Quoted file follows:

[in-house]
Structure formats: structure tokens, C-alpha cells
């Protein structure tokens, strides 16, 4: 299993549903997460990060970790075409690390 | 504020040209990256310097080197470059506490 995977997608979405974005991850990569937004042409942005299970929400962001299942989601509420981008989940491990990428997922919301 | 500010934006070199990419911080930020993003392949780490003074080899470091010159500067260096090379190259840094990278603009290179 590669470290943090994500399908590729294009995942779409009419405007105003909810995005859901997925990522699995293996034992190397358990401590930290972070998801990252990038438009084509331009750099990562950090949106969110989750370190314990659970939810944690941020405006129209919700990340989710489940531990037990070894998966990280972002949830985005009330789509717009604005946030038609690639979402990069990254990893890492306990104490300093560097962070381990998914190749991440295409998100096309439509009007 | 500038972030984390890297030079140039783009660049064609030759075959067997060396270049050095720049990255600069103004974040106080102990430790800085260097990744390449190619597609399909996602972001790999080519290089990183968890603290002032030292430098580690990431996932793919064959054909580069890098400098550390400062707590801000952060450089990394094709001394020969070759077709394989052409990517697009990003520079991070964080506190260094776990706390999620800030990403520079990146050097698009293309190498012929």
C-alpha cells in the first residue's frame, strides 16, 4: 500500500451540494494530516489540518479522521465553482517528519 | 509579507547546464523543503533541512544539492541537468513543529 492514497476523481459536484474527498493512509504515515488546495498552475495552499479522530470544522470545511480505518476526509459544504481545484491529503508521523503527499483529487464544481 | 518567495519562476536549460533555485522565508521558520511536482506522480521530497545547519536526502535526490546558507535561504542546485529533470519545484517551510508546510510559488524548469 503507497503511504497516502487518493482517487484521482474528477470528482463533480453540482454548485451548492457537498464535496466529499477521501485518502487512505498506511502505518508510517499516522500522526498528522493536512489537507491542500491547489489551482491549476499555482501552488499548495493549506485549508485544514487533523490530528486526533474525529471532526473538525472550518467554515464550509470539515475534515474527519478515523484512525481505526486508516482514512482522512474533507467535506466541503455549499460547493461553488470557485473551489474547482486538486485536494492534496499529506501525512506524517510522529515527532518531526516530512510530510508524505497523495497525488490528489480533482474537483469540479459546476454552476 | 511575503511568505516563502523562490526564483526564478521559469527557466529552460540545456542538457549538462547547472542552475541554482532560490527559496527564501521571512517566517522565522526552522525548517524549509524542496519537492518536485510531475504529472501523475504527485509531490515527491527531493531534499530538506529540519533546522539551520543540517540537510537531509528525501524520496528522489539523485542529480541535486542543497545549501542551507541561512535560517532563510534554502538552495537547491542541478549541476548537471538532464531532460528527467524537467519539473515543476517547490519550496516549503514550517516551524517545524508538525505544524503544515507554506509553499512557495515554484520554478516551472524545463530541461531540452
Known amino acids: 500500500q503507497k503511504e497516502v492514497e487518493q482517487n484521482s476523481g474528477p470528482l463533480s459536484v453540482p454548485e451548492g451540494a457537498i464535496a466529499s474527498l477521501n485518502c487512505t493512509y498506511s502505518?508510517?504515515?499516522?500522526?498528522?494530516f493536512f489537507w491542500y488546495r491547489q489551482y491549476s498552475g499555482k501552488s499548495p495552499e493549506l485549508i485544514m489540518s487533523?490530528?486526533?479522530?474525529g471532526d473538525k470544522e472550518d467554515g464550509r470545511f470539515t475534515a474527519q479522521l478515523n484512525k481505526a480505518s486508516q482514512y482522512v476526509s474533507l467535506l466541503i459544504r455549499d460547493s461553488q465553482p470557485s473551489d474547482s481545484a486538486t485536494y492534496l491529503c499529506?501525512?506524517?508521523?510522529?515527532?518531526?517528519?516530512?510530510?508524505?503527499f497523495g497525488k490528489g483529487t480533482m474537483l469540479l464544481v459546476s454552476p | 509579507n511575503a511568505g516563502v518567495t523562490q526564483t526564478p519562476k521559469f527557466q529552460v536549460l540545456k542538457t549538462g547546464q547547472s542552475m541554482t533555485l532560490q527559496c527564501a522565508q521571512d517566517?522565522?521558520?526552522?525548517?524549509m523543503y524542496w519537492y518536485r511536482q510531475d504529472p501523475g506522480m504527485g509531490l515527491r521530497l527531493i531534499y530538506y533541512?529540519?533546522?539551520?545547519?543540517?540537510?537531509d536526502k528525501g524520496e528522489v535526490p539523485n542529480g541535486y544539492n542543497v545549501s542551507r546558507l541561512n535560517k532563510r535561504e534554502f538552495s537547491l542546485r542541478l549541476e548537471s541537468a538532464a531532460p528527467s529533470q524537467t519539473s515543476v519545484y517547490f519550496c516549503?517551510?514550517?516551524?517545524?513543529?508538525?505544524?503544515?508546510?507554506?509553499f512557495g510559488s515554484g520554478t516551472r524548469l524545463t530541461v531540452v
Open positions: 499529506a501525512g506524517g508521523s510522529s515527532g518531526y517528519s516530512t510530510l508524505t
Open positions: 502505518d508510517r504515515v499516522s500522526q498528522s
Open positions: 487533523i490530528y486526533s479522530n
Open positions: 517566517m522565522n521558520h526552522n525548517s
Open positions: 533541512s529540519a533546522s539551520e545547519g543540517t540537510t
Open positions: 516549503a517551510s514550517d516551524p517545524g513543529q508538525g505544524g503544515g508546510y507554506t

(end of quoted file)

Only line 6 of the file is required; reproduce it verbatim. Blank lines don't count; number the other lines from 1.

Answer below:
Open positions: 499529506a501525512g506524517g508521523s510522529s515527532g518531526y517528519s516530512t510530510l508524505t